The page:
Officials face investigation for implementing government plans on history textbooks
The Ministry of Education asked the prosecution Friday to investigate 17 people who were involved in the previous administration's plans to scrap textbooks on Korean history and introduce state-authored ones.
They are five former Cheong Wa Dae officials, eight ministry officials and four people who are not government officials. The ministry will take disciplinary actions against six other ministry staff.
If government officials do anything illegal in performing their jobs, it is a matter of course that they should be punished regardless of rank.
But the illegal acts the ministry said they committed are hardly convincing. They are related to publicity of the plans, operation of a task force and cutting off research funds to scholars who opposed the plans.
They may have gone a bit too far to do a better job, but were not involved in bribery or other corruption in implementing the plans.
The Park Geun-hye administration's plans were to replace competing Korean history textbooks with state-approved versions aimed at removing "liberal, left-leaning bias."
There was a great deal of concern among conservatives that textbooks derogated the birth and development of South Korea, while portraying North Korea too positively.
Whether state-authored history textbooks are the right way to address such concerns is questionable. But it is wrong to deal with a policy issue of this nature from a judicial point of view. One cannot erase suspicions that the ministry may be trying to suit the tastes of the current regime.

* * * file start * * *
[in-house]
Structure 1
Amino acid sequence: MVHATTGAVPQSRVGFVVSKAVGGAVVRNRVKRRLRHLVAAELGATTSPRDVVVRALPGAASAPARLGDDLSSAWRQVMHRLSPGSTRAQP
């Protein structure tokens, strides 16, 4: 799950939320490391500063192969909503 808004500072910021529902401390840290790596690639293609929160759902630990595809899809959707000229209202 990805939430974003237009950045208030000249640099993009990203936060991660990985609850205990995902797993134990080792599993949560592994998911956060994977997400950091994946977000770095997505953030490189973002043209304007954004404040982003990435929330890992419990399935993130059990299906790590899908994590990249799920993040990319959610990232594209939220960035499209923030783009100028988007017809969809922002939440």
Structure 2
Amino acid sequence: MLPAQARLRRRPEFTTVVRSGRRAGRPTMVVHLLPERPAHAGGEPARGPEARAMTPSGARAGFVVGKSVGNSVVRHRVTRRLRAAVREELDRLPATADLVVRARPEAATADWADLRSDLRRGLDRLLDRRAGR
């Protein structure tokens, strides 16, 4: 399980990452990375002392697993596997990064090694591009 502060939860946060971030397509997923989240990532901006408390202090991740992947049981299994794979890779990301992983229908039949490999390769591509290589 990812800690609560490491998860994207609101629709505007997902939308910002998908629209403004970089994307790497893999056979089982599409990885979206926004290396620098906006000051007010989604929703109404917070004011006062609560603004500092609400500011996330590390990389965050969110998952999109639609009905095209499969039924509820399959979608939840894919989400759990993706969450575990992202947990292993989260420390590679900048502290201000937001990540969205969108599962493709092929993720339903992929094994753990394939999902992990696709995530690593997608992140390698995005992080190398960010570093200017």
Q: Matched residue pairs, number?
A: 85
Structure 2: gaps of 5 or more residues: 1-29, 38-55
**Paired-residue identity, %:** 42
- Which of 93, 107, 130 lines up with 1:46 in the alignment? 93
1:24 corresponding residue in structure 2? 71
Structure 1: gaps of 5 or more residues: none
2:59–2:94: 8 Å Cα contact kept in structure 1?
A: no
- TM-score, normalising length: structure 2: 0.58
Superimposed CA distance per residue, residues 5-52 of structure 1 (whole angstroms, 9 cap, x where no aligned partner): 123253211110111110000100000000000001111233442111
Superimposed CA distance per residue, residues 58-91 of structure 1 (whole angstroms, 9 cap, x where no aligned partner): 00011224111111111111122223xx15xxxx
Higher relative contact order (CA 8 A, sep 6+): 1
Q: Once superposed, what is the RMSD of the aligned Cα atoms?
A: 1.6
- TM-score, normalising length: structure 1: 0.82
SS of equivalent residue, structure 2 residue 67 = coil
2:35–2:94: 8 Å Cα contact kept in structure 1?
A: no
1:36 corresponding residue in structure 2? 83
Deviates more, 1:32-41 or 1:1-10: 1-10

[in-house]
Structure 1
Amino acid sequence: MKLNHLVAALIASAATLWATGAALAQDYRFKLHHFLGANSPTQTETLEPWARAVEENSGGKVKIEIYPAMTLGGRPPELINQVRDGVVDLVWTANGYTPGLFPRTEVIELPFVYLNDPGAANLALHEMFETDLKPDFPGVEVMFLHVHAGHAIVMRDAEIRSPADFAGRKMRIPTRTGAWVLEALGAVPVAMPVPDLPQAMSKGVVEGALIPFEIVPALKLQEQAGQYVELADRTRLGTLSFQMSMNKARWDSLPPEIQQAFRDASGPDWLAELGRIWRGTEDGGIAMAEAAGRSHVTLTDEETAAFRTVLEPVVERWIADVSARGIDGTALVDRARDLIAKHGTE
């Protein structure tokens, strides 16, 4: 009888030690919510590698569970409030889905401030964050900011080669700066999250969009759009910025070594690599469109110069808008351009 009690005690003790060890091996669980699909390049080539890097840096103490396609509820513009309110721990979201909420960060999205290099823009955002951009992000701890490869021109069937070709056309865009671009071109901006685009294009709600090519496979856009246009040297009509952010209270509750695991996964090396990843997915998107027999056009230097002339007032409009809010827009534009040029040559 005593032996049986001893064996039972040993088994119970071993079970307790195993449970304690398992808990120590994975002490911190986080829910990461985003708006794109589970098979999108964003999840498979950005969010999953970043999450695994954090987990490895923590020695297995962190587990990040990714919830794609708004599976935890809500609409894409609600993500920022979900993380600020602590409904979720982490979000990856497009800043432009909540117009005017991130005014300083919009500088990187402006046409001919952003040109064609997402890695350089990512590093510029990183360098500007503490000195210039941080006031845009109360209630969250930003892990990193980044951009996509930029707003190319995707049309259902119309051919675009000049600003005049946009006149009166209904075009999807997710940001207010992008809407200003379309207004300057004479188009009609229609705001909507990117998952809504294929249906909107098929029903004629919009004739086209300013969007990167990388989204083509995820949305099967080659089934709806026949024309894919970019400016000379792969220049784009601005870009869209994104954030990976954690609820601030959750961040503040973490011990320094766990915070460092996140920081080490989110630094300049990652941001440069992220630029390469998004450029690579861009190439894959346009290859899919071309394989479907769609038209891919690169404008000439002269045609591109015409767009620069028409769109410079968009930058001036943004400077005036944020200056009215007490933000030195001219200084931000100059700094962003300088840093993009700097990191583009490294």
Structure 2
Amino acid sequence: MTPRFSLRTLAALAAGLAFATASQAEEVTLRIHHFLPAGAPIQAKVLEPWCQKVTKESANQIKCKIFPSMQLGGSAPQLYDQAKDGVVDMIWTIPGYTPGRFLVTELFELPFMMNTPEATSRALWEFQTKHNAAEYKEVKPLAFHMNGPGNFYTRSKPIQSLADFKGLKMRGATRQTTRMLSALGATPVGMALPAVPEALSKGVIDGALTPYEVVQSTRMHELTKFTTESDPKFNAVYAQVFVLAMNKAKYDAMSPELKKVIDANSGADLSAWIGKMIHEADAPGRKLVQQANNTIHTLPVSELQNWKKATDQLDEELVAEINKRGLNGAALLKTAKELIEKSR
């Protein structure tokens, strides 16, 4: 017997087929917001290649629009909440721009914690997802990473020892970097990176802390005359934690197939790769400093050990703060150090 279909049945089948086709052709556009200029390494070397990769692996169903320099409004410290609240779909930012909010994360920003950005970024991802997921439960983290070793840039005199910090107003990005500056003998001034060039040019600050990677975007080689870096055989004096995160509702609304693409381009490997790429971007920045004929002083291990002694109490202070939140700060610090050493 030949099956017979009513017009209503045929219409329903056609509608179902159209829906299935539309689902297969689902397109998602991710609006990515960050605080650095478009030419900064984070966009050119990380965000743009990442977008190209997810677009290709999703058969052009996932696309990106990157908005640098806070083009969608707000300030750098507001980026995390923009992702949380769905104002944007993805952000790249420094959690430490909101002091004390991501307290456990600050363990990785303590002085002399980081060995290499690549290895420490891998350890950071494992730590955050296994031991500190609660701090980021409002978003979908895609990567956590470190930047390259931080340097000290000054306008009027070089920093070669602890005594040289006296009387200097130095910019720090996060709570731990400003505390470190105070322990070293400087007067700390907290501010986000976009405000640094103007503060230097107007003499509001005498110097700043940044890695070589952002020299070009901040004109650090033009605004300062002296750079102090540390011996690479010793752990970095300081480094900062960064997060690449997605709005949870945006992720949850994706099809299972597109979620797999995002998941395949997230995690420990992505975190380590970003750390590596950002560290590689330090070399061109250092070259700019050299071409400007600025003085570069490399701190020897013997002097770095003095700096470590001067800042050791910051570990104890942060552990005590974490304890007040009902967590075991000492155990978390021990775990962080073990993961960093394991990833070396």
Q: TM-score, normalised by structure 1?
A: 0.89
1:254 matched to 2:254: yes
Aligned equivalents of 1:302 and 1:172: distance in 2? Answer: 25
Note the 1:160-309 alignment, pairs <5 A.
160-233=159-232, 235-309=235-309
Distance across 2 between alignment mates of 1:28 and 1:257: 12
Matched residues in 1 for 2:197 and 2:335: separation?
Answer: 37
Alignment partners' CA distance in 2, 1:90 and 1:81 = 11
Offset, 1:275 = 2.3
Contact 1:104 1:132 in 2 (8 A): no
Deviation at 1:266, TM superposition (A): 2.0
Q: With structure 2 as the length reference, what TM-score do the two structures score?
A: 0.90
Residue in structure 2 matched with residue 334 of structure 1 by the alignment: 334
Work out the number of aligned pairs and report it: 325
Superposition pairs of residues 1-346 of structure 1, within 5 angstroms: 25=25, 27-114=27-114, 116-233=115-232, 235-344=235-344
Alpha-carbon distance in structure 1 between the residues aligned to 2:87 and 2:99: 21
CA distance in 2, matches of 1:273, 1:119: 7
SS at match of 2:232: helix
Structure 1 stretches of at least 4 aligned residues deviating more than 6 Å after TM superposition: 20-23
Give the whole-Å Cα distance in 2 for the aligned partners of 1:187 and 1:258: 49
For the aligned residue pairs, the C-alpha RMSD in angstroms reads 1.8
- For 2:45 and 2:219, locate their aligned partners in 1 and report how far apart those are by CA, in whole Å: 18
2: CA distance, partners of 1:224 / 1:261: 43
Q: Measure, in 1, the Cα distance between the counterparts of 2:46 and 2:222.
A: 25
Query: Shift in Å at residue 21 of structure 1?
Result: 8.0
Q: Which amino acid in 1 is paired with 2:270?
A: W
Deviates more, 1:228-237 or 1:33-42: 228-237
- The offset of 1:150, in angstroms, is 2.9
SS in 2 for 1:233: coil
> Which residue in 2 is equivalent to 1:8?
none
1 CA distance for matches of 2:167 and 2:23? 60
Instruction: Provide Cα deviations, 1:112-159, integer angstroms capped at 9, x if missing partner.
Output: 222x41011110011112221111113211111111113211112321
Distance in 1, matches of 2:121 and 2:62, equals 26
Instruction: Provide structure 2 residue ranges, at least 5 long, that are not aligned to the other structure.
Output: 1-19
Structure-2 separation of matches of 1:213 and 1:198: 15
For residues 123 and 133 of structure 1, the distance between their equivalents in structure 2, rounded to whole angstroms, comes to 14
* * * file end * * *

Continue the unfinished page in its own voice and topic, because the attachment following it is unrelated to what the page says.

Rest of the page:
The Moon Jae-in administration needs to remember that social conflicts were inevitable when governments sought to revise history textbooks according to a certain ideology and that such attempts did not last long.
It was not a problem restricted to the Park administration. The Roh Moo-hyun administration introduced Korean history textbooks reflecting liberal views of history, but the following conservative administration under President Lee Myung-bak changed the guidelines for the books.
The current administration is not without controversies, either. It seeks to revise history textbooks rather bluntly and persistently.
According to the guidelines it unveiled last month on middle and high school history textbooks, such phrases as "South Korea is the only legitimate government on the Korean Peninsula" and "power inheritance and human rights in North Korea" should not be mentioned in textbooks.
The guidelines also took out the word "liberal" from "liberal democracy" in phrases describing the identity of South Korea. They suggested history textbooks should not contain a sentence like "North Korea still threatens peace and security on the Korean Peninsula."
Every government pursues its own agenda. If the president sets policies and issues instructions accordingly, working-level officials cannot but follow them.
If they refuse to do so, they will be disciplined. If they can be put behind bars for following instructions, risk-avoiding passive work attitude cannot but spread in officialdom. It is hard to expect public officials to work hard in this atmosphere.
If standards which tell right from wrong change this way, those officials who are currently involved in Moon's policy to wean the nation from nuclear power generation may face a similar fate as those involved in the textbook plans.
Education Minister Kim Sang-gon apologized for the previous ministry's aborted plans to publish state textbooks, calling them the tyranny of power which damaged democracy. But what the ministry is doing now may be regarded as another tyranny of power.
The government changes every five years, and it is hard to revise history textbooks for good, without broad public support. This is a lesson of history. It is not desirable to change history textbooks each time the regime changes.
The Education Ministry would be well advised to scrap its history textbook guidelines, which have caused controversies and conflicts repetitively. There should not be any government intervention again in history education. It is now time for the ministry to finish its unfinished work.
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